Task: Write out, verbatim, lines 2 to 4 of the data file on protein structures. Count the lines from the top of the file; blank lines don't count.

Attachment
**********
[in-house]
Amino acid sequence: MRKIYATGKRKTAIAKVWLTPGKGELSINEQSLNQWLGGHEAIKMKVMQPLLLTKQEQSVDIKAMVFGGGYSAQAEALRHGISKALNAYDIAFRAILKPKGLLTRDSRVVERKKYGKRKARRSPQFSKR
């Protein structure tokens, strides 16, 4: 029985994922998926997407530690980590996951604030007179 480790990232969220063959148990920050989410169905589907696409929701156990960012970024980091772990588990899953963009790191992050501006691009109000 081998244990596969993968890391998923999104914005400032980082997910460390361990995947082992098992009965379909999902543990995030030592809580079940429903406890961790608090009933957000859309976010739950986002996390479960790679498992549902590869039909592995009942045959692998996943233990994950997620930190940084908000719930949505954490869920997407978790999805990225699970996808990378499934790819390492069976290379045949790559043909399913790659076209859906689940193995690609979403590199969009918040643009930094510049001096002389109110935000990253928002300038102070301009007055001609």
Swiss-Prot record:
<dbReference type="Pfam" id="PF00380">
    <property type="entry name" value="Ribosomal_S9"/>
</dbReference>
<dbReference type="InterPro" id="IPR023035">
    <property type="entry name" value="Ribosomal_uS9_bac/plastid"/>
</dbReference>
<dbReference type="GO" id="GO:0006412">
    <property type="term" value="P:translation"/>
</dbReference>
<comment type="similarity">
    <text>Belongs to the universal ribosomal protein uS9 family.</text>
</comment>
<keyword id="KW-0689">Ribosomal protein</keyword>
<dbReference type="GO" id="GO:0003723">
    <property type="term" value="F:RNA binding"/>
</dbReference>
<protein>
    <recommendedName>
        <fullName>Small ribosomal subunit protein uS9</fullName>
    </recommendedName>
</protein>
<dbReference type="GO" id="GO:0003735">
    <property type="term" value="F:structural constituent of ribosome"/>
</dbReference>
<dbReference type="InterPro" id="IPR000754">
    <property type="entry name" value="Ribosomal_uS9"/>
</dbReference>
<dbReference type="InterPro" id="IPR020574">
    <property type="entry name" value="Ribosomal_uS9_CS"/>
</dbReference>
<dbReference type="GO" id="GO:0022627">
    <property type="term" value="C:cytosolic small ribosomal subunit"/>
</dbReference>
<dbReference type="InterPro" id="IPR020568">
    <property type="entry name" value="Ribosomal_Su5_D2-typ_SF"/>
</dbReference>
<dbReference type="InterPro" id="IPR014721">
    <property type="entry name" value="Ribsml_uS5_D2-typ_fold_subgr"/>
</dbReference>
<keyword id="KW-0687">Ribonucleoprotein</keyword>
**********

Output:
Amino acid sequence: MRKIYATGKRKTAIAKVWLTPGKGELSINEQSLNQWLGGHEAIKMKVMQPLLLTKQEQSVDIKAMVFGGGYSAQAEALRHGISKALNAYDIAFRAILKPKGLLTRDSRVVERKKYGKRKARRSPQFSKR
């Protein structure tokens, strides 16, 4: 029985994922998926997407530690980590996951604030007179 480790990232969220063959148990920050989410169905589907696409929701156990960012970024980091772990588990899953963009790191992050501006691009109000 081998244990596969993968890391998923999104914005400032980082997910460390361990995947082992098992009965379909999902543990995030030592809580079940429903406890961790608090009933957000859309976010739950986002996390479960790679498992549902590869039909592995009942045959692998996943233990994950997620930190940084908000719930949505954490869920997407978790999805990225699970996808990378499934790819390492069976290379045949790559043909399913790659076209859906689940193995690609979403590199969009918040643009930094510049001096002389109110935000990253928002300038102070301009007055001609």
Swiss-Prot record: